Imagine finding a treasure trove of documents that reveal the forgotten history of your family.

In 2009, Daniel Schwab discovered his grandfather’s collection of letters written between himself and family members, describing the beginning of the holocaust and the fallout from losing 12 family members.

"I discovered my grandfather's letter collection on a trip back to South Africa," said Schwab. "We had known about it for years but were too afraid to open it."

He says he was helping his mother clean up their garage back home when he felt the urge to finally open up the documents that had been wrapped up and closed for over 40 years.

"I was basically transported back in time. It was very difficult," Schwab explains. "You realize that you had a great, great uncle and you had great grandparents and these people just never existed in our lives and then suddenly you discover that they existed in such a real and vivid way. You see the handwriting, and you see the paper and the dates, and you realize there is a whole story there that was buried."

In the letters, Daniel says you get a dialogue between his grandfather and his father about what was going on in Germany leading up to the war and all the things they did to his family.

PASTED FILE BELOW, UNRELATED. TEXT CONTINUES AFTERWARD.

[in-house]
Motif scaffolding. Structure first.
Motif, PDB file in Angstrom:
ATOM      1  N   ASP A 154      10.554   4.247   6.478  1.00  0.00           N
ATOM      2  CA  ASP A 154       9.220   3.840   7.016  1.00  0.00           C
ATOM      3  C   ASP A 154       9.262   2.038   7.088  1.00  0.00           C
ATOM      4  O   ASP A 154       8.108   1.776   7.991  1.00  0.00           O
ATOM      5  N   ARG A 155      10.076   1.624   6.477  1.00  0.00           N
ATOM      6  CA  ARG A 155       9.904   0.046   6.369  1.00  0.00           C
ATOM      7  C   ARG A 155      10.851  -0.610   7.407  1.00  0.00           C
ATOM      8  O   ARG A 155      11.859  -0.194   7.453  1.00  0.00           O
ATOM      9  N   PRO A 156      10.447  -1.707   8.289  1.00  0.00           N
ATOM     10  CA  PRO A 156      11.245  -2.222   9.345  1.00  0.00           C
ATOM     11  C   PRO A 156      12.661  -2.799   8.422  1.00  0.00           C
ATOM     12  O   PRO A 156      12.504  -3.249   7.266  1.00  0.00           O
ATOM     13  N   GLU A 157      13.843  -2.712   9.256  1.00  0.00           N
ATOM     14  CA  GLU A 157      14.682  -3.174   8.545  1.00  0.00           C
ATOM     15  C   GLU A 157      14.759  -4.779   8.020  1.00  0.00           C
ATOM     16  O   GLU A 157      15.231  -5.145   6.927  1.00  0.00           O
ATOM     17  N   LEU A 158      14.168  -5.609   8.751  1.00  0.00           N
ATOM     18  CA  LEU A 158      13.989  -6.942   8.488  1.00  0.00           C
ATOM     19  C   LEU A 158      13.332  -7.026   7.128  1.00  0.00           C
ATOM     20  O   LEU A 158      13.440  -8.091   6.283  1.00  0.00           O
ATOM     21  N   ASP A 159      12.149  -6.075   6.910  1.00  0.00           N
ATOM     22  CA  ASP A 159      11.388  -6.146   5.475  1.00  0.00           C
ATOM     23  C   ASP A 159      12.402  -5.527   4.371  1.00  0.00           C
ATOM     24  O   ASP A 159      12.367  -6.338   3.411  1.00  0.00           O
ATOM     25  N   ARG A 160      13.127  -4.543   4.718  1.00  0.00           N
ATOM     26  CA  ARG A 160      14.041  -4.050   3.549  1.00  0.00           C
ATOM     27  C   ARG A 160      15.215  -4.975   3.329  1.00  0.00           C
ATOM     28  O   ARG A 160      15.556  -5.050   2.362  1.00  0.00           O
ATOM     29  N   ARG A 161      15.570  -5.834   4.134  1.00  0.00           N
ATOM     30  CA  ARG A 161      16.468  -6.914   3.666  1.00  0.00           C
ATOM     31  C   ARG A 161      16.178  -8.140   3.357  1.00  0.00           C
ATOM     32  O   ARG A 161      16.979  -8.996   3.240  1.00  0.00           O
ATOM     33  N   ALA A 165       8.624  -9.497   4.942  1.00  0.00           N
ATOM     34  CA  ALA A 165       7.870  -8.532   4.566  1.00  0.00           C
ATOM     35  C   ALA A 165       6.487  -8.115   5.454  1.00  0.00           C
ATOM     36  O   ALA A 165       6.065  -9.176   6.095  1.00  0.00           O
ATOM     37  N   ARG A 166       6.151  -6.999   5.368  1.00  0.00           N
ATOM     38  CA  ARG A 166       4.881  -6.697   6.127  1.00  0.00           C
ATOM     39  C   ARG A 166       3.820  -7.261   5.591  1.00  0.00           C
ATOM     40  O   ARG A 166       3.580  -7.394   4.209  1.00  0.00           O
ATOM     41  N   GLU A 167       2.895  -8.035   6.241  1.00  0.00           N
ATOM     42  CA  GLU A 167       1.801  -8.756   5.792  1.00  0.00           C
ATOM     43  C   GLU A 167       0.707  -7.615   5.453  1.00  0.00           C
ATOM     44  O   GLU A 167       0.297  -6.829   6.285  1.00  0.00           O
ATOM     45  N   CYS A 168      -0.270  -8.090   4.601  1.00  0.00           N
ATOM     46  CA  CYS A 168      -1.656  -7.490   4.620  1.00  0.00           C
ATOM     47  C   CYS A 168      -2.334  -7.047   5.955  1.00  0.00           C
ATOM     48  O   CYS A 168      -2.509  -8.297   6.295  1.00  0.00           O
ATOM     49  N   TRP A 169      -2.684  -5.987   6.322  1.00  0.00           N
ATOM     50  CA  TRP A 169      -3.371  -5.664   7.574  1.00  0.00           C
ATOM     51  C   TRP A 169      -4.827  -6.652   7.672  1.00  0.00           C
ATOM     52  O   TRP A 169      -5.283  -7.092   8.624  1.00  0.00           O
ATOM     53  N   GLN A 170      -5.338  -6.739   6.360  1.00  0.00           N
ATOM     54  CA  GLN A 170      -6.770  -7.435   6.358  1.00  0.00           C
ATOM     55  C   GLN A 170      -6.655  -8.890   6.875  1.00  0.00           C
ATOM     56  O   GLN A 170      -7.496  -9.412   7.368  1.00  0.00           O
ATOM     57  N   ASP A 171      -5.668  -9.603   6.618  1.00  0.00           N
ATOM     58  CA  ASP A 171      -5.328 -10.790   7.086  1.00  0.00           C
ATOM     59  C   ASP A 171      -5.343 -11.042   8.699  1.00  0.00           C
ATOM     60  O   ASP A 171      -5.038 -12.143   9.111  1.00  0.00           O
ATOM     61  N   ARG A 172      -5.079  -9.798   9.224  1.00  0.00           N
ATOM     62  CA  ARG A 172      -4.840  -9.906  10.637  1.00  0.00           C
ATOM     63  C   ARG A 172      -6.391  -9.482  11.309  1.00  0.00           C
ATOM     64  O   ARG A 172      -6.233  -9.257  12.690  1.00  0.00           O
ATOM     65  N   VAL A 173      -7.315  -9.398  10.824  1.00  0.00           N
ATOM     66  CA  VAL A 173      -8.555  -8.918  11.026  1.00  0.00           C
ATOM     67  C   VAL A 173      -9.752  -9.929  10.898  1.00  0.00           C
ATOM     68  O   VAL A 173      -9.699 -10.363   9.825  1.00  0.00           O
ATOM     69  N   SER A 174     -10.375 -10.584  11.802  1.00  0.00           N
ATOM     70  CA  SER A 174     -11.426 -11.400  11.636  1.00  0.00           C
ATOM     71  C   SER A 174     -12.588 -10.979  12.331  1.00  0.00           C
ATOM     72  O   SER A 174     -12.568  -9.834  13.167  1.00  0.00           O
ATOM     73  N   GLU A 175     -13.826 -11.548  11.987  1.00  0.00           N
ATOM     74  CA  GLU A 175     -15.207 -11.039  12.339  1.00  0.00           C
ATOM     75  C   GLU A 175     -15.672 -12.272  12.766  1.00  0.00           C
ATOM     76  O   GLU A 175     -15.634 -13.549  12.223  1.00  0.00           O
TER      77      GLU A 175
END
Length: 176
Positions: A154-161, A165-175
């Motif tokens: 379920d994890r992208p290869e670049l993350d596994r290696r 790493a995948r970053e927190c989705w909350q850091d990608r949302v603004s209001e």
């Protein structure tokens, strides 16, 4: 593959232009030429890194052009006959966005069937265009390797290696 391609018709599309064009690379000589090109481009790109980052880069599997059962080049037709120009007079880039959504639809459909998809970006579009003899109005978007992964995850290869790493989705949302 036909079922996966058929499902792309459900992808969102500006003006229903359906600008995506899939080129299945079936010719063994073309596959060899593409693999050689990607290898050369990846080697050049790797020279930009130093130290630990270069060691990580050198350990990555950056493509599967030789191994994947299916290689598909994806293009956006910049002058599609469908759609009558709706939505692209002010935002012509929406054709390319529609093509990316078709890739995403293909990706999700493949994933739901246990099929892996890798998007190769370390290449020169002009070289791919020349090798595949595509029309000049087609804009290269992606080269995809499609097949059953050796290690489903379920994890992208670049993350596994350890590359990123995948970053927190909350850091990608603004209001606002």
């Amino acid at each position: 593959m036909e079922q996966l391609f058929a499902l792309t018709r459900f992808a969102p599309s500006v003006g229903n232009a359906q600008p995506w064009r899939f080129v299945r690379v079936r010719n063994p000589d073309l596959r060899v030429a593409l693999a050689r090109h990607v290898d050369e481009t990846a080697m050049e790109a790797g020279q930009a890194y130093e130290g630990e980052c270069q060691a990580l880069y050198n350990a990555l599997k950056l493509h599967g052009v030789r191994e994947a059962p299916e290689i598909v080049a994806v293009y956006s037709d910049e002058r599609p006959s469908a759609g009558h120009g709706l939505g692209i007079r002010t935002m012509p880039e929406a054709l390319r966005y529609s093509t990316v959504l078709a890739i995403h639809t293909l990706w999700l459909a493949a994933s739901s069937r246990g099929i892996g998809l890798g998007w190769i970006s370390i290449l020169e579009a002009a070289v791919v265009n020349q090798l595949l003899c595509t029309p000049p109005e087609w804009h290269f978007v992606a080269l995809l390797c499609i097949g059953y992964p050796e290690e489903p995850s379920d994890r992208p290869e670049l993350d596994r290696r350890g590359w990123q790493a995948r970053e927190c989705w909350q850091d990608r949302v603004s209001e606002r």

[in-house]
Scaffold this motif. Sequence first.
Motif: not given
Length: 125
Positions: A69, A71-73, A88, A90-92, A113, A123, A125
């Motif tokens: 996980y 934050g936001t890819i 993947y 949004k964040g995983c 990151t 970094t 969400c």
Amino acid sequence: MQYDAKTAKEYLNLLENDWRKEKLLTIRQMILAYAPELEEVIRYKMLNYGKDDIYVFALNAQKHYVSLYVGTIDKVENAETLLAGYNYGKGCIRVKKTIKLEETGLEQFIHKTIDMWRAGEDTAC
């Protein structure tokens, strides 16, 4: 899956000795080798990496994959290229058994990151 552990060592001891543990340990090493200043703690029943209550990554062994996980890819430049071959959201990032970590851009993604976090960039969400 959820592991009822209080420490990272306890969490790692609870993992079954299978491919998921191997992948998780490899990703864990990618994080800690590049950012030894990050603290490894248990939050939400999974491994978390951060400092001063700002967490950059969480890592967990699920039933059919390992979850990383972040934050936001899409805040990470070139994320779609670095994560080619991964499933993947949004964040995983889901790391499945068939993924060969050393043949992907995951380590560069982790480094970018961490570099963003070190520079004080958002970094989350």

"They took away their possessions. They took away their livelihoods. They confiscated everything. Basic humanity was almost stripped away from them," said Schwab.  "After the war, my grandfather discovered what happened to them in more detail, from neighbours and family friends who were not Jewish, and witnessed what went on."

The Schwab family lost a total of twelve family members during the Holocaust, and Daniel says there may be more. 

Schwab’s grandfather spent a total of 23 years writing letters to obtain justice for his family following the holocaust. Unfortunately, that did not happen in his lifetime, but Daniel is now using those letters to educate others.

He has started something called the Holocaust Social Media Project, which he is using as an online educational platform to personalize the Holocaust for hundreds of millions of people around the world. He has included his grandfather's letters and is asking others to contribute.